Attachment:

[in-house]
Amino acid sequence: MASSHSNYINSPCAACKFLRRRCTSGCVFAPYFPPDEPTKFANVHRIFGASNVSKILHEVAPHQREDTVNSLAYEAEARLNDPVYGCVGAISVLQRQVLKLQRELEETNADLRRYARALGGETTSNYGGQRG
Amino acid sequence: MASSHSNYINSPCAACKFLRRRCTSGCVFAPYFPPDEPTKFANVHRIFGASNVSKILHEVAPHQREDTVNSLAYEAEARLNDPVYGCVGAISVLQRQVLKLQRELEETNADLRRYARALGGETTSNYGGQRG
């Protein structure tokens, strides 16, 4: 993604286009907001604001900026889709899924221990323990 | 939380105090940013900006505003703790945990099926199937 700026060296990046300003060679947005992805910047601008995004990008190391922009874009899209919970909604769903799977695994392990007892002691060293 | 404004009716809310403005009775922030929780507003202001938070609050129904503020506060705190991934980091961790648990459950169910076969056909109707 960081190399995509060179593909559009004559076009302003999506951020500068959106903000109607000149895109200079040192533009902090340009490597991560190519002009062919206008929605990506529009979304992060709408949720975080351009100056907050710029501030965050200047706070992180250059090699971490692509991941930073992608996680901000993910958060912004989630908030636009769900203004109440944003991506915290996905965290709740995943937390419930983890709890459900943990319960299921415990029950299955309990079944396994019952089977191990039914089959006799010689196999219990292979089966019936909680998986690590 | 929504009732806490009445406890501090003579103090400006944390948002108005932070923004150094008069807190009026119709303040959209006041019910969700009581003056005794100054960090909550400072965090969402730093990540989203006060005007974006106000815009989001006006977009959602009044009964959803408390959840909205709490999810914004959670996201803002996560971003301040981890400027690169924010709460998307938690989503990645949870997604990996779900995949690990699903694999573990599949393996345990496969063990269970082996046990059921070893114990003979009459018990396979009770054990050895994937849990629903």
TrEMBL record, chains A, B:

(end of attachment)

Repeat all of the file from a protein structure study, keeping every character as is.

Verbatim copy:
[in-house]
Amino acid sequence: MASSHSNYINSPCAACKFLRRRCTSGCVFAPYFPPDEPTKFANVHRIFGASNVSKILHEVAPHQREDTVNSLAYEAEARLNDPVYGCVGAISVLQRQVLKLQRELEETNADLRRYARALGGETTSNYGGQRG
Amino acid sequence: MASSHSNYINSPCAACKFLRRRCTSGCVFAPYFPPDEPTKFANVHRIFGASNVSKILHEVAPHQREDTVNSLAYEAEARLNDPVYGCVGAISVLQRQVLKLQRELEETNADLRRYARALGGETTSNYGGQRG
């Protein structure tokens, strides 16, 4: 993604286009907001604001900026889709899924221990323990 | 939380105090940013900006505003703790945990099926199937 700026060296990046300003060679947005992805910047601008995004990008190391922009874009899209919970909604769903799977695994392990007892002691060293 | 404004009716809310403005009775922030929780507003202001938070609050129904503020506060705190991934980091961790648990459950169910076969056909109707 960081190399995509060179593909559009004559076009302003999506951020500068959106903000109607000149895109200079040192533009902090340009490597991560190519002009062919206008929605990506529009979304992060709408949720975080351009100056907050710029501030965050200047706070992180250059090699971490692509991941930073992608996680901000993910958060912004989630908030636009769900203004109440944003991506915290996905965290709740995943937390419930983890709890459900943990319960299921415990029950299955309990079944396994019952089977191990039914089959006799010689196999219990292979089966019936909680998986690590 | 929504009732806490009445406890501090003579103090400006944390948002108005932070923004150094008069807190009026119709303040959209006041019910969700009581003056005794100054960090909550400072965090969402730093990540989203006060005007974006106000815009989001006006977009959602009044009964959803408390959840909205709490999810914004959670996201803002996560971003301040981890400027690169924010709460998307938690989503990645949870997604990996779900995949690990699903694999573990599949393996345990496969063990269970082996046990059921070893114990003979009459018990396979009770054990050895994937849990629903």
TrEMBL record, chains A, B: